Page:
Periodically I get email from the Human Systems Dynamics Institute. I haven’t been to one of their programs, but I find my attention is often sparked when I read their materials. Founder, Glenda Eoyang and I have have met at a few events — I think one of them was Authentic Leadership in Action a few years ago.
Today’s email from HSD included a quote from Brian Greene, a theoretical physicist — that is a really cool field, isn’t it. How can it not be, when so much attention is given to the very nature of what is real.
Exploring the unknown requires tolerating uncertainty.
– Brian Greene
This is a simple statement, yet packed with implications.
One, let’s face it, the unknown is a big and vast category. I always say, and it feels true, that there is more unknown that known. I’m not really trying to quantify it. But the disposition created, or mood, when naming the unknown as a category (and myth-busting the belief that all is known or knowable) just creates a whole lot more desire and willingness to explore together. It shifts a team from the stickiness of arguing its certainties to the openness of wondering its nuanced questions.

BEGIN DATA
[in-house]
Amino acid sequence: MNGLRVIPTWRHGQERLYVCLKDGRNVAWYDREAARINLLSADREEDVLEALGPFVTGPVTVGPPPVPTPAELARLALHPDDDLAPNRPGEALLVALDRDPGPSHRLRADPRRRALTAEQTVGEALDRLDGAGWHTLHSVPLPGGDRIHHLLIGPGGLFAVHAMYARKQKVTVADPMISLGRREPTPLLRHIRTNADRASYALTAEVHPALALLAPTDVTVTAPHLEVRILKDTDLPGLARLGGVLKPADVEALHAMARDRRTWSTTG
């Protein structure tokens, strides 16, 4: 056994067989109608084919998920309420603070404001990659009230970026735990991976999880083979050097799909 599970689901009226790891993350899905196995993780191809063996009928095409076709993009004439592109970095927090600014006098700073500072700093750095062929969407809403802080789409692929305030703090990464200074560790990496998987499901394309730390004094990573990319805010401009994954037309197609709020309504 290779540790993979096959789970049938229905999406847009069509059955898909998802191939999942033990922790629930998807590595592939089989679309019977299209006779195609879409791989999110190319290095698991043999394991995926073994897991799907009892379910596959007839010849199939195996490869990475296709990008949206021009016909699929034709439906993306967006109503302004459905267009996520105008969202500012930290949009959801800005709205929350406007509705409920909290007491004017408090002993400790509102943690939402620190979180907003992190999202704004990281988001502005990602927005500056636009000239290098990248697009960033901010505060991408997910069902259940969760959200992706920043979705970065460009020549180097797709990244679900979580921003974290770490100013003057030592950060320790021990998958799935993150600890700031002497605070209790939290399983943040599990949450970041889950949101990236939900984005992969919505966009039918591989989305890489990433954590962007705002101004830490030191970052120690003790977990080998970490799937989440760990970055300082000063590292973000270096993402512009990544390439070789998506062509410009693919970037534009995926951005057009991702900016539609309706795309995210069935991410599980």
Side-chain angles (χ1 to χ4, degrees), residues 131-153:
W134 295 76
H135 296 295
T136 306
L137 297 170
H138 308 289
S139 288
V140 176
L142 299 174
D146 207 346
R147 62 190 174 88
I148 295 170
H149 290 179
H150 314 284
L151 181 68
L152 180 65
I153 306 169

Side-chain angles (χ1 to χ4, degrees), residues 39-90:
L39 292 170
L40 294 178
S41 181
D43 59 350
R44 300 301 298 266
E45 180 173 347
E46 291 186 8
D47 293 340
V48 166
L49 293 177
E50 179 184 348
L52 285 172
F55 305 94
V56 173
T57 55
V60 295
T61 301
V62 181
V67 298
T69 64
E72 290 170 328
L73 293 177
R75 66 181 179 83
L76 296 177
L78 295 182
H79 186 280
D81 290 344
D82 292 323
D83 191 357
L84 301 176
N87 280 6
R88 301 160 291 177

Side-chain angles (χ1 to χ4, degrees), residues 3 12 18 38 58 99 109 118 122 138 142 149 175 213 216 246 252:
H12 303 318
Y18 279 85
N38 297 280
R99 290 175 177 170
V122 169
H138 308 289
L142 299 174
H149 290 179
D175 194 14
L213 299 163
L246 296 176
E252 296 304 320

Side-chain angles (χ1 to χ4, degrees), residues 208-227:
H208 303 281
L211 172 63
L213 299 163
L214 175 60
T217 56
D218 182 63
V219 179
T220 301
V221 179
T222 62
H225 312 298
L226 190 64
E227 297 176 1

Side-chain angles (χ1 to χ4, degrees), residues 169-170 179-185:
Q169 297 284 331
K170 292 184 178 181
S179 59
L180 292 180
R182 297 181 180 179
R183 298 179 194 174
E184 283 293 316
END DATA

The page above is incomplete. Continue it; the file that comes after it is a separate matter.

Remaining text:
Two, and related of course, is that uncertainty is as common as the air we breath. Its not really an occasional thing. Which makes “tolerating” even seem funny. Air is essential. Coming in to relationship with uncertainty is also essential. I see the uncertainty in the everyday, even though there is part of me that wants to resist. “Tolerating” is a bit more like enduring until it goes away — like you would a bad movie. I think I’m on a mission with myself and with the groups that I work with to not just tolerate, but to embrace uncertainty.
No, I’m not taking issue with Brian Greene. Rather, am thanking him and people like Glenda who are evolving the edges into what I hope are becoming everyday practices and orientations that change who we are in teams, and who we are as a species.